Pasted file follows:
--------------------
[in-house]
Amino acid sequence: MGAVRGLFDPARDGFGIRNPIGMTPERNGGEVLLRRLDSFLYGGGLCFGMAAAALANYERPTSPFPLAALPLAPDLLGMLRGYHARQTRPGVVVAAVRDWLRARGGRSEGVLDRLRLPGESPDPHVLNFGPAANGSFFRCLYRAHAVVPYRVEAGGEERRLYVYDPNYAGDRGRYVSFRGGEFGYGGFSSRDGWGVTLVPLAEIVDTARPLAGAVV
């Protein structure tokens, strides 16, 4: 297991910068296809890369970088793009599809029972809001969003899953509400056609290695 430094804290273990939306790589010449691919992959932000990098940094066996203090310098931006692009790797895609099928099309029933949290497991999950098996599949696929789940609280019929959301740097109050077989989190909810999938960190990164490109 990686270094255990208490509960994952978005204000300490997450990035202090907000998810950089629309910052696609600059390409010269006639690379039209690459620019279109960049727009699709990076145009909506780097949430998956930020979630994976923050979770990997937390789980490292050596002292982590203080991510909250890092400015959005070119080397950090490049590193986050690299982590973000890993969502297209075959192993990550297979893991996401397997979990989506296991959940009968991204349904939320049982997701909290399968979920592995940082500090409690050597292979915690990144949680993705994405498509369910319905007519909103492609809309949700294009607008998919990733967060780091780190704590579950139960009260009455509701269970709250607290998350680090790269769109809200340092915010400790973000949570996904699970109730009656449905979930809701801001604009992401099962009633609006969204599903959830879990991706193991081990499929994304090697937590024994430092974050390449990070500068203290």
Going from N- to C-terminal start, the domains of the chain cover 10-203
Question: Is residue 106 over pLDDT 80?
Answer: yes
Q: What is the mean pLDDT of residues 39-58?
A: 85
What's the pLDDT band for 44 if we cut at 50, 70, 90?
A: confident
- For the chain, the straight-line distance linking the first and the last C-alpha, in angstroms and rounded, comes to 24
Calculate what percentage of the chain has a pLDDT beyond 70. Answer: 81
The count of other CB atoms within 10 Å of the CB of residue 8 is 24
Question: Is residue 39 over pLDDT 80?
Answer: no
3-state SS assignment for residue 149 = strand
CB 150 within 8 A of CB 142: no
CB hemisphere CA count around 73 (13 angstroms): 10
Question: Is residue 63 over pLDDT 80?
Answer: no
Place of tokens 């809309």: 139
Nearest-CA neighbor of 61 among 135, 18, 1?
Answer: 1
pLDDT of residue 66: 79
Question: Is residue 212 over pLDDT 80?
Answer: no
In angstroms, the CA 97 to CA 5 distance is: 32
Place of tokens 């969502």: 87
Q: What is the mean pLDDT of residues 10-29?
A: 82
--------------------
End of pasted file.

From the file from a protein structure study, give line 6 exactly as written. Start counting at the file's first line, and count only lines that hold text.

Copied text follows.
Answer: yes